Centuries of Fear: 6 Superstitions from the Middle Ages
Centuries of Fear: 6 Superstitions from the Middle Ages

Centuries of Fear: 6 Superstitions from the Middle Ages

Stephanie Schoppert - April 10, 2017

Centuries of Fear: 6 Superstitions from the Middle Ages
Detail of the Last Supper which shows Judas spilling the salt. Wikimedia

Spilling Salt Was a Bad Omen

In the Middle Ages, salt was a precious resource. It was very expensive and it was believed to have medicinal properties. If salt was ever spilled, it was no longer able to be used for medicine and therefore it was gathered up and thrown over the left shoulder in order to blind the evil spirits that were said to constantly follow people around.

There is even older reasoning behind the spilled salt superstition. In the da Vinci painting of the Last Supper, Judas Iscariot is portrayed as having knocked over the salt. This led many to see the spilling of salt as a bad omen and something that was likely to cause bad luck. Salt was known to make soil barren for a long length of time, and this is the basis for the belief that spilling salt is akin to cursing the land.

The Romans had their own beliefs about salt. They believed that it was a symbol of friendship because of its lasting quality. However, it was very expensive and useful for preserving food, so if someone spilled salt on the table it was considered to be very ominous. In contrast, it was considered propitious to spill wine on the table.

Over the centuries there have been numerous accounts and writings from historians that relate the bad omens associated with spilling salt. In addition, since the Roman Catholic Church used salt to make Holy Water, it also had a religious significance which made spilling it a bad omen.

Centuries of Fear: 6 Superstitions from the Middle Ages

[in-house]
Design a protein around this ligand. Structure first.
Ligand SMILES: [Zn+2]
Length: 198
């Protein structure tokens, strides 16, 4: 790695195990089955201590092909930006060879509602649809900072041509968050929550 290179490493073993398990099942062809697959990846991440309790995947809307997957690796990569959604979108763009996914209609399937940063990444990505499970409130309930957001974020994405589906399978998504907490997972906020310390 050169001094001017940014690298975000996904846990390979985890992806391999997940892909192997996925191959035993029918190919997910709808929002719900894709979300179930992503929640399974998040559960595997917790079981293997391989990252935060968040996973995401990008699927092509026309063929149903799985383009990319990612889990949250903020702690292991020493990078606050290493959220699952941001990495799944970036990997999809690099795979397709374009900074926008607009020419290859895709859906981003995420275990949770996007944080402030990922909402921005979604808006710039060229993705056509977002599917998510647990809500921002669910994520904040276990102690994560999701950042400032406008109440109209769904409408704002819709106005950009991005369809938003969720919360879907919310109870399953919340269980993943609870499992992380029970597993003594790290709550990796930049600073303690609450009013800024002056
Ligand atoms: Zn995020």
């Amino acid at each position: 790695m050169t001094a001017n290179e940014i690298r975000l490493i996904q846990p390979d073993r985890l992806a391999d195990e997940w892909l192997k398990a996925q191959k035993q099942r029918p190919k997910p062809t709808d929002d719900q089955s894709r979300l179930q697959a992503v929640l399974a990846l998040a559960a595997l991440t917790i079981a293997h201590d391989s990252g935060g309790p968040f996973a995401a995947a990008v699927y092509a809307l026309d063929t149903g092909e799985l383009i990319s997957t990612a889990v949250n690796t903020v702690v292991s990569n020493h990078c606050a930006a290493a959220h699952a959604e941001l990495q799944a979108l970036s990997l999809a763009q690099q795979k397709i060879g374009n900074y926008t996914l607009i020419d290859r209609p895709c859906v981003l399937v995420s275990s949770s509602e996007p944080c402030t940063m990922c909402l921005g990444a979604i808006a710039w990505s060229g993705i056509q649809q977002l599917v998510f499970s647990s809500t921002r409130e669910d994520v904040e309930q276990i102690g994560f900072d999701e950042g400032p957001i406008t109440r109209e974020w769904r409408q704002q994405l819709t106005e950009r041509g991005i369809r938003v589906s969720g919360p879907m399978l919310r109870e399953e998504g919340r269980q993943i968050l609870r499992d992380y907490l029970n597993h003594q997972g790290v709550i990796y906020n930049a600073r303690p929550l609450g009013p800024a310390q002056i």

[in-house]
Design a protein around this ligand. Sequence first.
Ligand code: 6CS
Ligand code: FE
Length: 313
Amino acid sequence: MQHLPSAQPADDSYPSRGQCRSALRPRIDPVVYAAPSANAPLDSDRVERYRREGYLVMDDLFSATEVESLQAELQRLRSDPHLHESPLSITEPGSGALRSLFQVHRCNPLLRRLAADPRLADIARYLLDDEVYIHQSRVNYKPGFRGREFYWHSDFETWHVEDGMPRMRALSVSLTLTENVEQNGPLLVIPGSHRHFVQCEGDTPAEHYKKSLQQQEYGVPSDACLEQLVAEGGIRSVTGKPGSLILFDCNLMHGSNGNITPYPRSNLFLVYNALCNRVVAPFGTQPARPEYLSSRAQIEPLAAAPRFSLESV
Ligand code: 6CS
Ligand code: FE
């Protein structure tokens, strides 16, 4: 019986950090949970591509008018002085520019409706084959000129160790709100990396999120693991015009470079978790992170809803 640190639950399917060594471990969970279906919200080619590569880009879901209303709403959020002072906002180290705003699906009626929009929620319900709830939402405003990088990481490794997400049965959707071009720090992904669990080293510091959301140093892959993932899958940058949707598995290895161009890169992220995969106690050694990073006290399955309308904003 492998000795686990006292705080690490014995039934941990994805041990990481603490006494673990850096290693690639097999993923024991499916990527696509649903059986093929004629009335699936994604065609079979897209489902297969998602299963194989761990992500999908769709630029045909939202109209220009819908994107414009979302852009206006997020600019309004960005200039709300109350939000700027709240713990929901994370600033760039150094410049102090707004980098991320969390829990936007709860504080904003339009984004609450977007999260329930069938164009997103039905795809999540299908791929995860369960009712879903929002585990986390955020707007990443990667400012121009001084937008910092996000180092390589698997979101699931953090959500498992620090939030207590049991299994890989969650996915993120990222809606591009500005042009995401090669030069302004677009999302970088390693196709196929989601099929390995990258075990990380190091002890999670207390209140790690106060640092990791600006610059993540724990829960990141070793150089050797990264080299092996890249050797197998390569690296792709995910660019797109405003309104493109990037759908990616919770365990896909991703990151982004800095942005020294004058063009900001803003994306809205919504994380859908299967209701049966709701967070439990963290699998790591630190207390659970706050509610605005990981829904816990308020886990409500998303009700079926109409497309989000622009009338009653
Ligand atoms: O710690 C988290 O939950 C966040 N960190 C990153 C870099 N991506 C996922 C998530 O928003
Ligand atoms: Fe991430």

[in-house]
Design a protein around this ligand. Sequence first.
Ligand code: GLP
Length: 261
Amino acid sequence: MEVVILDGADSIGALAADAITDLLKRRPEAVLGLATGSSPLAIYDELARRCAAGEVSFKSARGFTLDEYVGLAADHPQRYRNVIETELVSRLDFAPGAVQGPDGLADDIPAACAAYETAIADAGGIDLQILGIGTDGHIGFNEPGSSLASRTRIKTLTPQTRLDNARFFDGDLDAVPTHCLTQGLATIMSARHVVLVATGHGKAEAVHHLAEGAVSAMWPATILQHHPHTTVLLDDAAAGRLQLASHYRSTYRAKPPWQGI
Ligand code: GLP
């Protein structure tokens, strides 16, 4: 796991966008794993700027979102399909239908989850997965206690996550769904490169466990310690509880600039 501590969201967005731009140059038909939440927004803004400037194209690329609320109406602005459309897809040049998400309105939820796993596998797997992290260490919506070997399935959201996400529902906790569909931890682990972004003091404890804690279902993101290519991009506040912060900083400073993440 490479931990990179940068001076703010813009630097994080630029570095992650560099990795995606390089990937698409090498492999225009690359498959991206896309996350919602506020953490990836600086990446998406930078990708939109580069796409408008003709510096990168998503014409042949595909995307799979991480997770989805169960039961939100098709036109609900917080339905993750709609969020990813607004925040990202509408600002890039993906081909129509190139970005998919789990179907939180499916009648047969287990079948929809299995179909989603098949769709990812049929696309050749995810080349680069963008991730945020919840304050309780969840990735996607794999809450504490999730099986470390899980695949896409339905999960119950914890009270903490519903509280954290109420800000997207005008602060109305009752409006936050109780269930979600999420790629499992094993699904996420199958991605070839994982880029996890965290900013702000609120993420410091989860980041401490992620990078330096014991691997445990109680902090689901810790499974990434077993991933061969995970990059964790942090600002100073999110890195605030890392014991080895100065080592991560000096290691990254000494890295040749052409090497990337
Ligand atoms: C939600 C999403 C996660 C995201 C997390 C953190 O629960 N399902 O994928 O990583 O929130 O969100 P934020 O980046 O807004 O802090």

The Devil steals a baby and leaves a changeling. Martino di Bartolomeo (early 15th century). WordPress

Changelings

One prevalent superstition in medieval Britain was the fear that a child could be taken and replaced with a changeling. Today this is believed to have arisen out of a need to explain child illnesses that came on suddenly or children that were born with deformities. One of the stories of the changeling comes from the tale of a blacksmith who noticed one day that his son suddenly became lethargic and was wasting away.

The blacksmith was told that his son was taken and replaced with a changeling. To prove it he was told to put water into empty eggshells and place them around the fire. The child then sat up and spoke in the voice of the changeling stating he had lived for centuries and had never seen something like that. The blacksmith then threw the changeling into the fire. The man journeyed into the land of the fairies with his bible and the fairies, unable to harm him due to the Bible, returned his son.

There were a number of strange tests that people performed to try and see if their child was a changeling. They typically involved doing something so strange that it would draw the changeling out in surprise. One test was to place a shoe in a bowl of soup, if the baby laughed it was a changeling. Also making bread inside of eggshells was said to be so amusing to changelings that it would cause them to expose themselves. Even as late as the 19th century, the belief in changelings prevailed.

Some scholars have suggested that changelings may have been used as a way to explain autistic children, especially since the changes can come on quickly. When a child’s behavior and verbal skills rapidly declined or changed, it was blamed upon the doings of the changeling.

 

Sources For Further Reading:

History – What’s So Unlucky About the Number 13?

Grunge – The Mythology of Balder Explained

Google Arts & Culture – 18 Superstitions from Around the World

University Of South Carolina – How Did the Superstition That Broken Mirrors Cause Bad Luck Start And Why Does It Still Exist?

Snopes – Breaking a Mirror

How Stuff Works – Why Are Horseshoes Considered to Be Lucky?

Daily Sabah – Superstitions Busted: Hanging A Horseshoe for Good Luck

Live Science – Why Are Horseshoes Considered Lucky?

RD – Why Do People Say “Bless You” After Someone Sneezes?

How Stuff Works – ‘The Last Supper’: The Masterpiece Leonardo Didn’t Want to Paint

Tutorial Point – Is Spilling Salt Believed To Be A Bad Omen And Bring Bad Luck?

Times Of India – Superstitions Irk Wine Lovers Too!

Medium – Some Common Superstitions Explained, from Spilling Salt to Bird Poop

Mapping Ignorance – The Changelings: Fairy Tales About Autism?

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